Two months ago, Google held a series of secret focus groups with employees who have children in Google’s day care facilities. The purpose was to gauge their reaction to the company’s plan to raise the amount it charged for in-house day care by 75 percent.
Parents who had been paying $1,425 a month for infant care would see their costs rise to nearly $2,500 — well above the market rate. For parents with toddlers and preschoolers, who were charged less, the price increases were equally eye-popping. Under the new plan, parents with two kids in Google day care would most likely see their annual day care bill grow to more than $57,000 from around $33,000.
At the first of the three focus groups, parents wept openly. As word leaked out about the company’s plan, the Google parents began to fight back. They came up with ideas to save money, used the company’s T.G.I.F. sessions — a weekly meeting for anyone who wanted to ask questions of Google’s top executives — to plead their case, and conducted surveys showing that most parents with children in Google day care would have to leave Google’s facilities and find less expensive child care.
Do you think you know how this story ends? You’re probably guessing that because it involves “do no evil” Google, Fortune magazine’s “Best Company to Work For” the past two years, this is a heart-warming tale of a good company reversing a dumb decision.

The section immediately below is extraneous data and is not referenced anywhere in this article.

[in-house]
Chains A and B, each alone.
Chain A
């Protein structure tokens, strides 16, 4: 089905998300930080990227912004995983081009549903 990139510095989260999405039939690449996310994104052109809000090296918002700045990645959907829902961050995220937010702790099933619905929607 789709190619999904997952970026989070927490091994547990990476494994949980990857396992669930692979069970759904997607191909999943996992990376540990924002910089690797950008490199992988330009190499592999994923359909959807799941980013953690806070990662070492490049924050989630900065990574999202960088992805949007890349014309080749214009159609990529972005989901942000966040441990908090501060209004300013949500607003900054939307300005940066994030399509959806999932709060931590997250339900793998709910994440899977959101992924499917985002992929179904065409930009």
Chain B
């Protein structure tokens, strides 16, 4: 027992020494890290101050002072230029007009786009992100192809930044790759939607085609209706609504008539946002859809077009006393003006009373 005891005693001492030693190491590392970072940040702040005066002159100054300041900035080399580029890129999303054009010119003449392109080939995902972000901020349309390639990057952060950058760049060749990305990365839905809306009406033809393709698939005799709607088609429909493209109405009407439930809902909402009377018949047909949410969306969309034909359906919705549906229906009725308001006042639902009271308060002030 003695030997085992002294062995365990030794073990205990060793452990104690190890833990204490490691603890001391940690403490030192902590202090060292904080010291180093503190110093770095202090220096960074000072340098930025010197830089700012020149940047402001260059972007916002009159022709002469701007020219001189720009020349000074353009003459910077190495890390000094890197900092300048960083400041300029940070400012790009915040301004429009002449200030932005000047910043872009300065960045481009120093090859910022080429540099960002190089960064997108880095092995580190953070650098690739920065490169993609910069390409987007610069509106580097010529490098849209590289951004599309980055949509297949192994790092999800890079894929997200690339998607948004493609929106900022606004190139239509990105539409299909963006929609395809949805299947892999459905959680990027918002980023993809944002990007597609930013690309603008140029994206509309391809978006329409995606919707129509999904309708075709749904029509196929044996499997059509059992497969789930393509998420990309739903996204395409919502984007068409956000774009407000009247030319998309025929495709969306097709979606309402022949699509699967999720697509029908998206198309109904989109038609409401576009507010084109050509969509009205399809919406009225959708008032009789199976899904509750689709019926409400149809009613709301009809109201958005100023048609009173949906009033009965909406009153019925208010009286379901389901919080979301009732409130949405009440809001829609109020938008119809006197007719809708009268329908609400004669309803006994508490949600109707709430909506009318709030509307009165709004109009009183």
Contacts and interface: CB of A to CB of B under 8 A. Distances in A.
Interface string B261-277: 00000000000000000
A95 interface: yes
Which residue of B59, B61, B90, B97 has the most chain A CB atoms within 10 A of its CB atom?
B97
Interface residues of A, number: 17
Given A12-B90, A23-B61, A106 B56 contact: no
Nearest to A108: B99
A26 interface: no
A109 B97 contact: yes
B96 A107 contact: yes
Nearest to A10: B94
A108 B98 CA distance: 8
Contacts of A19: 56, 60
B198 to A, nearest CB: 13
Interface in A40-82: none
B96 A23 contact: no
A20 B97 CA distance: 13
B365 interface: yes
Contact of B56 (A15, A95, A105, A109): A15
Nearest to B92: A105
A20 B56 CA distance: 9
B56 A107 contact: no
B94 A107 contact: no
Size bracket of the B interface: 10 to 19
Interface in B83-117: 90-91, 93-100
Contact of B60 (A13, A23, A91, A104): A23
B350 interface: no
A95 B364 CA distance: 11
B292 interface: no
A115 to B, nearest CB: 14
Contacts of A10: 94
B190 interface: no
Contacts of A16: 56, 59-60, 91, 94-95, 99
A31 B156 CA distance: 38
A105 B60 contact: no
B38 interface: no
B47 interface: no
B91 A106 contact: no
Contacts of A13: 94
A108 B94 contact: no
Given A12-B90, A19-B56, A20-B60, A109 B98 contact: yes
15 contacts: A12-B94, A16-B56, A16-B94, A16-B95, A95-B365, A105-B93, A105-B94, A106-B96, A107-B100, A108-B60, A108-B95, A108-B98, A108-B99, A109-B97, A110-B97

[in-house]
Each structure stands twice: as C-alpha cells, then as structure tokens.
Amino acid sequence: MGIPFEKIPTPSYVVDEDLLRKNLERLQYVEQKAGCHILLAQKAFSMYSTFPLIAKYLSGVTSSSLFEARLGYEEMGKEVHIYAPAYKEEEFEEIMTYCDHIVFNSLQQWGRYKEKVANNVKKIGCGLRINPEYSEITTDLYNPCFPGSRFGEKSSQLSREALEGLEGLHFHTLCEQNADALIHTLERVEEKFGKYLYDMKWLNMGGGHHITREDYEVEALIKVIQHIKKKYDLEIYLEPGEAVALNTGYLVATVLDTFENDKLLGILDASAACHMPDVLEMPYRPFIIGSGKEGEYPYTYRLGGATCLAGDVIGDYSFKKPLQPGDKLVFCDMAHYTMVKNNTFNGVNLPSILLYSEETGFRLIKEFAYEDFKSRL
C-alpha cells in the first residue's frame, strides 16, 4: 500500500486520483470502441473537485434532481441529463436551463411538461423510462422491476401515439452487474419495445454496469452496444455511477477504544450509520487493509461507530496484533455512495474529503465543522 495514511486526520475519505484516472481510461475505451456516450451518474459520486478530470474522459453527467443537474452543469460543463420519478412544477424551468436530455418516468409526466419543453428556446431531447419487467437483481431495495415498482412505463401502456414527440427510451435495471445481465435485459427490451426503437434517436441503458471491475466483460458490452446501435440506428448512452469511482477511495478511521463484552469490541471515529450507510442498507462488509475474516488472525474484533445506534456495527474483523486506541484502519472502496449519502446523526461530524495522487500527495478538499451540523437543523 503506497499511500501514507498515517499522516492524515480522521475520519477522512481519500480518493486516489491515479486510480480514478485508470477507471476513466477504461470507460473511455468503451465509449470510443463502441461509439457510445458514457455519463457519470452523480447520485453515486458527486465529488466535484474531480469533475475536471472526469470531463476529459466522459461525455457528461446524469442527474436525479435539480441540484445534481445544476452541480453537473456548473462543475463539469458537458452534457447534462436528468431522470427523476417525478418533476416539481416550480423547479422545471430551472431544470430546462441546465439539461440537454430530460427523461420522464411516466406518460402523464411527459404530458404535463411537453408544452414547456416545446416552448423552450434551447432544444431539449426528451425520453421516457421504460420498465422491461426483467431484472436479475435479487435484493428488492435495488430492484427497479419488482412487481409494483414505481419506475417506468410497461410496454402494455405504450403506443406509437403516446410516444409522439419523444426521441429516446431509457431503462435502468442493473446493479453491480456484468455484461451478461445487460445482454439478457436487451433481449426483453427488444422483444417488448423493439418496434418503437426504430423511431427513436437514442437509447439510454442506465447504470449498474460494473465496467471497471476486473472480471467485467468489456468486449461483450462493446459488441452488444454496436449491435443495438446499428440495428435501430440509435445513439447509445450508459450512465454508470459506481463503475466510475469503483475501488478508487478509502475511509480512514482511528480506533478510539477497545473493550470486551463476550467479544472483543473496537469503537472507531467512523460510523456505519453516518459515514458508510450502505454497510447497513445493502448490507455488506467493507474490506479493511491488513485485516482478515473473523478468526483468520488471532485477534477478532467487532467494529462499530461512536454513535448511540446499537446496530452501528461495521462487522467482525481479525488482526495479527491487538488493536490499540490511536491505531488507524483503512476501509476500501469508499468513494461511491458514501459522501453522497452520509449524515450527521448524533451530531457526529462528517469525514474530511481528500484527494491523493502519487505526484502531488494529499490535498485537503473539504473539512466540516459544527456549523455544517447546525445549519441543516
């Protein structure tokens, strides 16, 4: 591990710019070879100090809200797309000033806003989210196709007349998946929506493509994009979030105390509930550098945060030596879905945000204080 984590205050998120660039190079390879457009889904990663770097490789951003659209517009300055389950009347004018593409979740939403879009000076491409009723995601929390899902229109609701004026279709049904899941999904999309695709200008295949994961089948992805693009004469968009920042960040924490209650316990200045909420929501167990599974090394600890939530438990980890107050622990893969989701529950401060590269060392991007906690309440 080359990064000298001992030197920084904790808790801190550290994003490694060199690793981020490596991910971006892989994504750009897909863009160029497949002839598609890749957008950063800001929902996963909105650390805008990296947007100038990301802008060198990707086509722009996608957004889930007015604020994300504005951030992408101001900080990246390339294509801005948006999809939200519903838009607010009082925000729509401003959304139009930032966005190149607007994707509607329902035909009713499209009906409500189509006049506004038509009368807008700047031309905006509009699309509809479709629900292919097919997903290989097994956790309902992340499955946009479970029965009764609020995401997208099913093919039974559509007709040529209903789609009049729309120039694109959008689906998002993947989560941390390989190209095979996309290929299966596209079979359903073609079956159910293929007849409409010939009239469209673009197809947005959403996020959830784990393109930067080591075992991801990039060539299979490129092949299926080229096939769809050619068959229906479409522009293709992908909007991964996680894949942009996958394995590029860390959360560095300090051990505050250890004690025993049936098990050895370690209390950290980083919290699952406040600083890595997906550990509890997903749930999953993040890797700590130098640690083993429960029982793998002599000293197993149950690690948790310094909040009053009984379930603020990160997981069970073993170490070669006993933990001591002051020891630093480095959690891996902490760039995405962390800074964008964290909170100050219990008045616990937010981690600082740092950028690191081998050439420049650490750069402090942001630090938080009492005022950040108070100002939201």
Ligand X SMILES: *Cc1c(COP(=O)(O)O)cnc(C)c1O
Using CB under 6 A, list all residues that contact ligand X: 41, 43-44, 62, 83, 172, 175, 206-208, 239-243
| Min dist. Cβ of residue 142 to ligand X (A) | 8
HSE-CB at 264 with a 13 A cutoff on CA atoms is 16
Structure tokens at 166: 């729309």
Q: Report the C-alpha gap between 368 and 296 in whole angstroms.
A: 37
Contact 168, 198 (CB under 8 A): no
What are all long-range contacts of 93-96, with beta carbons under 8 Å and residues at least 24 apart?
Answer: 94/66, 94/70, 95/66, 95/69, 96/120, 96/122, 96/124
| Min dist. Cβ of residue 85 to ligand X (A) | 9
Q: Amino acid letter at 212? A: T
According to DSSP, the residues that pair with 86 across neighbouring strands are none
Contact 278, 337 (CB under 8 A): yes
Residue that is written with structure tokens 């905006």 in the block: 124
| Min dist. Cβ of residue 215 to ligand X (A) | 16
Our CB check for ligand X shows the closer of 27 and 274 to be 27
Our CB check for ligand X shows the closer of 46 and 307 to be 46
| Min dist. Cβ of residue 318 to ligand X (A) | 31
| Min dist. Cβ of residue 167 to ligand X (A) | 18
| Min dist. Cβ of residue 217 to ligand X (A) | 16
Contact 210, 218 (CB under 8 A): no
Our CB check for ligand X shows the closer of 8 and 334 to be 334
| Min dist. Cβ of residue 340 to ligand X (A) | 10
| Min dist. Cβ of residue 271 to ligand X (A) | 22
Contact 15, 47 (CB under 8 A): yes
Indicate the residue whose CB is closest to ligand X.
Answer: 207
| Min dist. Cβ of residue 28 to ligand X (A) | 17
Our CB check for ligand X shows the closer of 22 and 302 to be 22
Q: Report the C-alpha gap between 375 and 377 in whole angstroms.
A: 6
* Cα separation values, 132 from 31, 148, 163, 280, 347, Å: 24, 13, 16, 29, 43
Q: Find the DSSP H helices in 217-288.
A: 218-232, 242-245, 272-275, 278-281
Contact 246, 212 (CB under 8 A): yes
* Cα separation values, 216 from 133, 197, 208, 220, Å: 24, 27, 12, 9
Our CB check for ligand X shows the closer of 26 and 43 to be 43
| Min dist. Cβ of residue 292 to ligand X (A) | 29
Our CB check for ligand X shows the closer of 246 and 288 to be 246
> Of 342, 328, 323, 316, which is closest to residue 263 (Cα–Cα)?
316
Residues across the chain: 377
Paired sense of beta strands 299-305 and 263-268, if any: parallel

If only. Although Google is rolling back its price increase slightly and is phasing in the higher price over five quarters, the outline of the original decision remains largely unchanged. At a T.G.I.F. in June, the Google co-founder Sergey Brin said he had no sympathy for the parents, and that he was tired of “Googlers” who felt entitled to perks like “bottled water and M&Ms,” according to several people in the meeting. (A Google spokesman denies that Mr. Brin made that comment.)
If true, that quote from Sergey is particularly striking to me. Then again, it should come as no surprise. In the earlier days of Google, it was important for them to create this culture to attract top talent. The benefits and perks were an important selling point for coming to Google – but as you can see they just don’t scale. Maybe now there’s also the attitude that Googlers should feel lucky to work at there, as opposed to having to sell it.
But the same high-upside financial incentives are gone now compared to the pre-IPO days – you’re probably not going to get rich on Google options with a strike price of $500-600. This would be the time to increase perks to stem the outflow of talent to places like Facebook (or, even as the article points out, Microsoft) – but the economics don’t work. Those economics all of a sudden really matter when you’re a public company, especially in tougher market conditions.
As the article closes, “Instead, Google has shown that it thinks about day care the same way every other company does — as a luxury, not a benefit. Judging by what’s transpired, that’s what Google is fast becoming: just another company.”
In some ways, this is classic Innovator’s Dilemma – Google is no longer the entrant, and it’s having done to it exactly what it did to the previously established companies.